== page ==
Matt Baretich: Old Dog, New Tricks

We’re moving to Canada this summer! My wife, Denise, is a public health nurse, and we both want to experience working in a country that regards healthcare as a right.

There are a few steps to making that happen. Canada is careful about who it allows into the country, especially during the COVID-19 pandemic. The best option for us was the skills Immigration program, which allows entry to people who can do things that that Canada wants done. Simply put, we needed to find jobs!

If you want to call yourself an engineer in Canada, you need to be licensed as a professional engineer. The licensure process is designed for young, just-out-of-school engineering graduates. I have been licensed in the United States since 1987, so the hardest part of the process was shoehorning 40-plus years of eclectic engineering practice into the right pigeonholes.

Both of my grandfathers were born in Europe, brought to the United States as young children, given little education, and sent to work in the coal mines. Both of them escaped the mines and went on to good jobs above ground. Both of my grandmothers had similar histories of building lives and families in a new world.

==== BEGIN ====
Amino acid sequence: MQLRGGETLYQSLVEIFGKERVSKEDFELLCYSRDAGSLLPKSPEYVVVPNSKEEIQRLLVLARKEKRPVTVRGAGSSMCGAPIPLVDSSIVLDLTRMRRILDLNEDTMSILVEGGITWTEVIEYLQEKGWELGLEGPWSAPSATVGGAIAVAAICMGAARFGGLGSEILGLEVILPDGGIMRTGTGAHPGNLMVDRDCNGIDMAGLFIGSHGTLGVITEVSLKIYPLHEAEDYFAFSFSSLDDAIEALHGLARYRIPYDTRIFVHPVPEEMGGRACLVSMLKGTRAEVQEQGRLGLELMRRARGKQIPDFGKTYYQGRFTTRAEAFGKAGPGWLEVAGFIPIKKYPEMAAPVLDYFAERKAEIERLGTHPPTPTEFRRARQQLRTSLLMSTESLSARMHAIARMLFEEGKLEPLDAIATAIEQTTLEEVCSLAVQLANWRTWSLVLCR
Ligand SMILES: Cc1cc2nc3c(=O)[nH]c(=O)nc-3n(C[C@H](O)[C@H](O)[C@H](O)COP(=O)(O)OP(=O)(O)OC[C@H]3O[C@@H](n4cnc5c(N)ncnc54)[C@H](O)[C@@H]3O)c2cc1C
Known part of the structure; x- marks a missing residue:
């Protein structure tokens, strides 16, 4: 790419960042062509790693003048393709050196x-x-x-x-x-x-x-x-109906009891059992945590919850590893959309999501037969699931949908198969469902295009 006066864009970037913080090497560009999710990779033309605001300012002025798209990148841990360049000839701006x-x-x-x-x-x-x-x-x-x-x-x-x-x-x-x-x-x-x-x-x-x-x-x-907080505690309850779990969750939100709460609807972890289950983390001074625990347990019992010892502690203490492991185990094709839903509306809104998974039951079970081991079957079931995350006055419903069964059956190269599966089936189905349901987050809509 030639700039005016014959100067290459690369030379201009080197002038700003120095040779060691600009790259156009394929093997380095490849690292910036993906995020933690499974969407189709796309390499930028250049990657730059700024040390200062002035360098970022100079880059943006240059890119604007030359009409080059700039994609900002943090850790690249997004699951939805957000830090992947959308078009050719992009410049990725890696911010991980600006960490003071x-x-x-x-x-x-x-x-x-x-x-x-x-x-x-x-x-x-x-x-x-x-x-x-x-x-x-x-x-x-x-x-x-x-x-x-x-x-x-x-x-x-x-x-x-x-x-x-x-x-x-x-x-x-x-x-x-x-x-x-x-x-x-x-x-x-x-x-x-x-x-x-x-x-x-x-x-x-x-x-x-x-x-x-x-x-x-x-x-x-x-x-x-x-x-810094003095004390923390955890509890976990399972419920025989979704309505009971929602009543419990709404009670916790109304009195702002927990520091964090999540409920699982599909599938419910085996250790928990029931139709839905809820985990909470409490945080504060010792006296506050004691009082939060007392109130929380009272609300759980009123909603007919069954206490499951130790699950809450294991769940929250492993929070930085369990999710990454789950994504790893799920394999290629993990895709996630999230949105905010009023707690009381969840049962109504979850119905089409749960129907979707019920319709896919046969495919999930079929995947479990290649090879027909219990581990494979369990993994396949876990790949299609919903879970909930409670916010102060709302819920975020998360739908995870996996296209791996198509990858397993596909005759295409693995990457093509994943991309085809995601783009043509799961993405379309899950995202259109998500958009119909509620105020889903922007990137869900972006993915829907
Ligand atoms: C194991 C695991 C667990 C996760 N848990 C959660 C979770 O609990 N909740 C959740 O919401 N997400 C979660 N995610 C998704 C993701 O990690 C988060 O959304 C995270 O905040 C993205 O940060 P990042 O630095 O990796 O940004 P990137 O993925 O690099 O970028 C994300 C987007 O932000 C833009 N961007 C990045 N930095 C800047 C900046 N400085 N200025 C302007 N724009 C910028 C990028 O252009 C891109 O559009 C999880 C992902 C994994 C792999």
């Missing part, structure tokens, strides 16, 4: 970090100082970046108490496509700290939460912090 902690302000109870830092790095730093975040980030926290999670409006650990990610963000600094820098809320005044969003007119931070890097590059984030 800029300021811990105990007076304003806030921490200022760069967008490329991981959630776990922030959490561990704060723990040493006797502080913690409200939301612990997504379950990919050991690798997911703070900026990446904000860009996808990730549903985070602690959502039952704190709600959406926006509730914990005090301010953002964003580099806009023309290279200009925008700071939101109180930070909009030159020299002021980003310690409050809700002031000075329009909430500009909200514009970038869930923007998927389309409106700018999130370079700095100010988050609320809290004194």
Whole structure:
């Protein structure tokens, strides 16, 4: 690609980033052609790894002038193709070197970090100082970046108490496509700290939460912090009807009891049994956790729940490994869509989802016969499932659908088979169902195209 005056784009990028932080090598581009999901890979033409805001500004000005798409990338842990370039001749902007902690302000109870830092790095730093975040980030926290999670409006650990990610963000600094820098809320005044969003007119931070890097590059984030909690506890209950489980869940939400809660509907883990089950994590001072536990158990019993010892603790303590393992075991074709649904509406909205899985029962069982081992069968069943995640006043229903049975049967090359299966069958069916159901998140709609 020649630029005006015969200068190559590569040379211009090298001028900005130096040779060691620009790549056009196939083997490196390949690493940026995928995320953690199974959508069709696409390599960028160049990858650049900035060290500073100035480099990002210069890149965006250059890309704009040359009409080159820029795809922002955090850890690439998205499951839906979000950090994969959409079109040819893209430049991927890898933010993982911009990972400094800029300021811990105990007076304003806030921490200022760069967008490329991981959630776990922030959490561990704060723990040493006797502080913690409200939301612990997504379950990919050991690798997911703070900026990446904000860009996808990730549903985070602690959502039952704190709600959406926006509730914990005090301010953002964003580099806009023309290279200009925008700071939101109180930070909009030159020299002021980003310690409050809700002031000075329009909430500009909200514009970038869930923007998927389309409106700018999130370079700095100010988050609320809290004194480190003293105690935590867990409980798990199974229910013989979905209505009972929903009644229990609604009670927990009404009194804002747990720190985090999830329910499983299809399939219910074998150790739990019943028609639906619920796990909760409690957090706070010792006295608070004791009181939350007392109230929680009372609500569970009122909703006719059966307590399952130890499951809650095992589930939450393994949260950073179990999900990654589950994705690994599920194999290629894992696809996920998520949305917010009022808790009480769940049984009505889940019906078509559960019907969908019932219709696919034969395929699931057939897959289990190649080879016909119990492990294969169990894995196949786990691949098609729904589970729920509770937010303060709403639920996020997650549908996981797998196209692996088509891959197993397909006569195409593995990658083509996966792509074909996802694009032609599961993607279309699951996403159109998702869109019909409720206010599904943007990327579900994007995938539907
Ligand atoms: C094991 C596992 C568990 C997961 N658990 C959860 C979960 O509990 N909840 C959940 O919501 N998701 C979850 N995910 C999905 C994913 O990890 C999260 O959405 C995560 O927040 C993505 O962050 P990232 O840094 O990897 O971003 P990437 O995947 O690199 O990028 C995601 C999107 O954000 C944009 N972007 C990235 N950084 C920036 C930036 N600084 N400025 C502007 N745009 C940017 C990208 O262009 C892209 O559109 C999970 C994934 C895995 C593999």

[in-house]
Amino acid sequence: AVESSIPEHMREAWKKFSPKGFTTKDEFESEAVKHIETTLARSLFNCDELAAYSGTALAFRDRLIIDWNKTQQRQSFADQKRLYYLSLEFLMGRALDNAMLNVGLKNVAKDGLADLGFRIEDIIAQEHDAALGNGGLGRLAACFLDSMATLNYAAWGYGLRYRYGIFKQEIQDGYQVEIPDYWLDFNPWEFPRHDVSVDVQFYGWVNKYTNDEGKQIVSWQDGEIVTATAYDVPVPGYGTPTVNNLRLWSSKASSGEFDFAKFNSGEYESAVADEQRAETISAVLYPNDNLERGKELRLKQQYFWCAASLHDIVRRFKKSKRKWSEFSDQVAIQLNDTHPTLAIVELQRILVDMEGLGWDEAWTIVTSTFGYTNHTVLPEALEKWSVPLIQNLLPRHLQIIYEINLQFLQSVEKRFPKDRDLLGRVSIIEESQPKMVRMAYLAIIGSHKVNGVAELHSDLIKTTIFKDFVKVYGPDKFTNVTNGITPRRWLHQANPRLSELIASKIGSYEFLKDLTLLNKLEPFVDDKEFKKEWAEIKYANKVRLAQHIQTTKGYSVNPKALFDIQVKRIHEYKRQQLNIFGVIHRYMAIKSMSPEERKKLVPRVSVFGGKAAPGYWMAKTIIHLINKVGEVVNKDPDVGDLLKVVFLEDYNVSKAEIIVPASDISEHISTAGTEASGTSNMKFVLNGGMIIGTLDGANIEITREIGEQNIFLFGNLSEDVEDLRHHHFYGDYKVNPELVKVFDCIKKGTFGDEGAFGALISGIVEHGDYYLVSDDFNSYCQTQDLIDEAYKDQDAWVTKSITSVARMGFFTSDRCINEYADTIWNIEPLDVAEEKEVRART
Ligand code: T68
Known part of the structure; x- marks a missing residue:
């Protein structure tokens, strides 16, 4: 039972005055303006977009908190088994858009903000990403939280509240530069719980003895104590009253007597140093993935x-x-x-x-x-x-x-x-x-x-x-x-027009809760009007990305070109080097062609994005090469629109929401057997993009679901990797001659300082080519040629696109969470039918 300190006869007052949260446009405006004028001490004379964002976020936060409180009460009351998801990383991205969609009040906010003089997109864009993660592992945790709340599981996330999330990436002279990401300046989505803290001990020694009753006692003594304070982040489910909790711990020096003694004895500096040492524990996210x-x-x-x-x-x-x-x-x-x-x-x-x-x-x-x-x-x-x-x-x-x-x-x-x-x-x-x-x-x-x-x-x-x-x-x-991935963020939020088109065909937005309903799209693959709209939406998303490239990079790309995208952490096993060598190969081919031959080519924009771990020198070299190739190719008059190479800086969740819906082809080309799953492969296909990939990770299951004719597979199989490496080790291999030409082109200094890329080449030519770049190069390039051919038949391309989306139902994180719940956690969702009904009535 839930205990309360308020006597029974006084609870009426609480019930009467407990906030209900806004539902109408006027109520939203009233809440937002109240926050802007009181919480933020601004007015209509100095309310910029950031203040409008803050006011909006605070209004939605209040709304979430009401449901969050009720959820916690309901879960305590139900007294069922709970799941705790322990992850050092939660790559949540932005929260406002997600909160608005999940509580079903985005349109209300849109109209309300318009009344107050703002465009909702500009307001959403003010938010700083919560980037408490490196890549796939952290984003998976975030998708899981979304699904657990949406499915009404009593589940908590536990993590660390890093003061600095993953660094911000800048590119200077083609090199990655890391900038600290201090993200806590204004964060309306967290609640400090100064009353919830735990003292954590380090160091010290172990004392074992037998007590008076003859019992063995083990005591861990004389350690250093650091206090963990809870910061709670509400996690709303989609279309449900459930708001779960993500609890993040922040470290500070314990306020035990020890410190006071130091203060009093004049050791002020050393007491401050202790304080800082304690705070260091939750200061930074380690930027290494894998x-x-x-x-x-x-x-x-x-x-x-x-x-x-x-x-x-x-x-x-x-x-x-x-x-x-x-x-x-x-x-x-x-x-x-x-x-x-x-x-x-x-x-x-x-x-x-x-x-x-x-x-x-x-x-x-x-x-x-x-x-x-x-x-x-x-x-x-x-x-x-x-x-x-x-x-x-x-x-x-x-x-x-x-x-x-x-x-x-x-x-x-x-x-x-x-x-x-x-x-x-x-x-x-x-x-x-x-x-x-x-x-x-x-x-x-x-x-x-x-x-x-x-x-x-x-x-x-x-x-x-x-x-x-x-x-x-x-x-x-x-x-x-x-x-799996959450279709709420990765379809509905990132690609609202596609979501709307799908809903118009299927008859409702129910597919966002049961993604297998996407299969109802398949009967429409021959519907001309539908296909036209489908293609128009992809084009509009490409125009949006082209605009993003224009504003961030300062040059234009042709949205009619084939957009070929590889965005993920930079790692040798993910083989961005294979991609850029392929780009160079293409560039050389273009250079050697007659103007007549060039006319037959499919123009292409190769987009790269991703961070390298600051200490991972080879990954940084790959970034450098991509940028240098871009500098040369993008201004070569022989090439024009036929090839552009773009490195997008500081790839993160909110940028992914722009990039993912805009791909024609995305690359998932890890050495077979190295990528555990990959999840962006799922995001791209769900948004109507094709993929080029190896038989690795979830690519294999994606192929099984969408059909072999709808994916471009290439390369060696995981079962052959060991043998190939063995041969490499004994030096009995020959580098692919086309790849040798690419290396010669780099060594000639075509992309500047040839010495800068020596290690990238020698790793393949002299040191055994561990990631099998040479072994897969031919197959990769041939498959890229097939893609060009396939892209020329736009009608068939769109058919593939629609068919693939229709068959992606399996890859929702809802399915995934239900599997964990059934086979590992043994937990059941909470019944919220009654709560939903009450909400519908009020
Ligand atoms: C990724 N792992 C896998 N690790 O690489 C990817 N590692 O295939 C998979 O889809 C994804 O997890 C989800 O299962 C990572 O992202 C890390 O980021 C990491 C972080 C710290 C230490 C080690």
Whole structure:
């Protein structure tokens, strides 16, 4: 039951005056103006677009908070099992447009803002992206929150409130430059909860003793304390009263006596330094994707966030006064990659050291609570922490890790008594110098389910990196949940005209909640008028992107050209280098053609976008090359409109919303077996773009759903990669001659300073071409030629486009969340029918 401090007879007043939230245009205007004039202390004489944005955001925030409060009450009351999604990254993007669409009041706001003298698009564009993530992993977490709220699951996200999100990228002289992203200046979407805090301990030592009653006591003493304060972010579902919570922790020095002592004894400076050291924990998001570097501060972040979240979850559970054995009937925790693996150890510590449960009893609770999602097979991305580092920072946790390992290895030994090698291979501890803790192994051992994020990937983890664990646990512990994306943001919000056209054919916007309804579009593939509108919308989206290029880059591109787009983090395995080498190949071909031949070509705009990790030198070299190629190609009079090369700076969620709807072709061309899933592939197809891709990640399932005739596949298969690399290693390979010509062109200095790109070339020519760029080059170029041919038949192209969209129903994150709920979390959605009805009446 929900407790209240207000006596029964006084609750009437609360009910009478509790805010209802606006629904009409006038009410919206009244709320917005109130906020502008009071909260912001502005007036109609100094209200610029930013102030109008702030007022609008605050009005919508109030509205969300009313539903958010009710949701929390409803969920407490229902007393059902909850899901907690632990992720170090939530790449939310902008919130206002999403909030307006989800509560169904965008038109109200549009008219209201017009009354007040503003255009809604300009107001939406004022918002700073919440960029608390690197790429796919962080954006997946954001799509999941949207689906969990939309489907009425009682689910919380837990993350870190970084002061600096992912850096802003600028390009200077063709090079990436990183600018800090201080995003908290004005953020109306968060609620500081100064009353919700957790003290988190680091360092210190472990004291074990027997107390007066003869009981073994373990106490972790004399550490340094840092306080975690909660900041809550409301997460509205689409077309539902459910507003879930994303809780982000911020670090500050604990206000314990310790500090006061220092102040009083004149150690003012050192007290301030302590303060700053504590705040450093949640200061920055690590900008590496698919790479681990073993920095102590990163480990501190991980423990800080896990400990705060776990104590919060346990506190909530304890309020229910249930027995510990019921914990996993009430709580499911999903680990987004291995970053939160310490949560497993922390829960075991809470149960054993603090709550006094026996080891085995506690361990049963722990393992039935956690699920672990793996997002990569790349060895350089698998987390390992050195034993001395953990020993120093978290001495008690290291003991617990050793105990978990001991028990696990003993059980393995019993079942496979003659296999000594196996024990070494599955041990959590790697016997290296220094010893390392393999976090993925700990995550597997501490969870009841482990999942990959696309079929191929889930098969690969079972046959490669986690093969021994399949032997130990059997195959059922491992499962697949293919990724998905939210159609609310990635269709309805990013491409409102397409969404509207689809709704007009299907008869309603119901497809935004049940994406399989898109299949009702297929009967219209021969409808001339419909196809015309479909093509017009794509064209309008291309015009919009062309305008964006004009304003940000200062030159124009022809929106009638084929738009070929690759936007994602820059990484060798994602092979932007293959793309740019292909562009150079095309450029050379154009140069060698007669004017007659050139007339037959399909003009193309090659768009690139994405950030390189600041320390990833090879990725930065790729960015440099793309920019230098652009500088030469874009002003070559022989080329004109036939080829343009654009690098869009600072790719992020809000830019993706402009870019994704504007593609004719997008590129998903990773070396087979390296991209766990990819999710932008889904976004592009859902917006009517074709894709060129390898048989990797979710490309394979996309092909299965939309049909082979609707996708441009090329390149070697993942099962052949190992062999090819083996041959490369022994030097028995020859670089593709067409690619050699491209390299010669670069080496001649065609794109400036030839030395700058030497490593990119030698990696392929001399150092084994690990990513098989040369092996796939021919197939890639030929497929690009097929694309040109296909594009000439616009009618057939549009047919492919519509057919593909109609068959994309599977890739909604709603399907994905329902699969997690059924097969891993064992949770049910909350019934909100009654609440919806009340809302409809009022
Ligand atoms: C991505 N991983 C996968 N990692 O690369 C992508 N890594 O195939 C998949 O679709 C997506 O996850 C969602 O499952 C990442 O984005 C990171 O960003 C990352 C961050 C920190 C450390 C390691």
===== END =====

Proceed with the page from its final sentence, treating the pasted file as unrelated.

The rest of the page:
There’s precedent in my family for moving on.

Thankfully, with the help of my Canadian biomedical engineering friends, I have found a job with Vancouver Coastal Health (VCH) and Lower Mainland Biomedical Engineering (LMBME), where I’ll be sort of an internal consultant. I’ll also keep my Baretich Engineering consulting work running in the background.

VCH is one of the provincial health authorities in British Columbia. I’ll be based at Vancouver General Hospital, the flagship facility. LMBME provides clinical engineering and HTM support for VCH, Fraser Health Authority, Provincial Health Services Authority, and Providence Health Care.

The past couple of years have been challenging for me and for my family. Many times. I have had to remind myself of the Japanese saying, “Fall down six times, get up seven.”

In my experience, getting up often means returning to the track you were on. Less often, getting up means taking a new path. This is one of those uncommon times.

Matt Baretich is president and CEO of Baretich Engineering based in Fort Collins, CO. He can be reached at www.baretich.com, on LinkedIn, and on Twitter (@baretich).

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